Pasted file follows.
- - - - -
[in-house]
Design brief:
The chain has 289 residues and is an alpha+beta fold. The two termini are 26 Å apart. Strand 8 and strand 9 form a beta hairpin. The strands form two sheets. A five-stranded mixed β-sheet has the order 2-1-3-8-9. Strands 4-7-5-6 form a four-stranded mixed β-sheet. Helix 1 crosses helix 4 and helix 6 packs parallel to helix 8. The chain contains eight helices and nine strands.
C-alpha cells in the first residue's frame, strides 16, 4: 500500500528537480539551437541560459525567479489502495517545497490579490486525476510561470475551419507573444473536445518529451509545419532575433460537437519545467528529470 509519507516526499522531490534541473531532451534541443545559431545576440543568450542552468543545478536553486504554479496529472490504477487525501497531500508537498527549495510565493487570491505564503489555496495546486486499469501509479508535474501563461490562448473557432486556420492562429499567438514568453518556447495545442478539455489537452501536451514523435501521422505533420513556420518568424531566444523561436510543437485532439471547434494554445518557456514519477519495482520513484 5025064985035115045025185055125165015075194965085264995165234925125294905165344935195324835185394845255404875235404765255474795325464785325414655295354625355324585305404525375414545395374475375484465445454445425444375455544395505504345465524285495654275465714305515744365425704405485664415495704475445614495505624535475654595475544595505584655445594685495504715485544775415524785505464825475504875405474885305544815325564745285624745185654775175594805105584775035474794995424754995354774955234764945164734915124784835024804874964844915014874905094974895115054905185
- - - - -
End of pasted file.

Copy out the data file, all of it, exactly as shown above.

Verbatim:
[in-house]
Design brief:
The chain has 289 residues and is an alpha+beta fold. The two termini are 26 Å apart. Strand 8 and strand 9 form a beta hairpin. The strands form two sheets. A five-stranded mixed β-sheet has the order 2-1-3-8-9. Strands 4-7-5-6 form a four-stranded mixed β-sheet. Helix 1 crosses helix 4 and helix 6 packs parallel to helix 8. The chain contains eight helices and nine strands.
C-alpha cells in the first residue's frame, strides 16, 4: 500500500528537480539551437541560459525567479489502495517545497490579490486525476510561470475551419507573444473536445518529451509545419532575433460537437519545467528529470 509519507516526499522531490534541473531532451534541443545559431545576440543568450542552468543545478536553486504554479496529472490504477487525501497531500508537498527549495510565493487570491505564503489555496495546486486499469501509479508535474501563461490562448473557432486556420492562429499567438514568453518556447495545442478539455489537452501536451514523435501521422505533420513556420518568424531566444523561436510543437485532439471547434494554445518557456514519477519495482520513484 5025064985035115045025185055125165015075194965085264995165234925125294905165344935195324835185394845255404875235404765255474795325464785325414655295354625355324585305404525375414545395374475375484465445454445425444375455544395505504345465524285495654275465714305515744365425704405485664415495704475445614495505624535475654595475544595505584655445594685495504715485544775415524785505464825475504875405474885305544815325564745285624745185654775175594805105584775035474794995424754995354774955234764945164734915124784835024804874964844915014874905094974895115054905185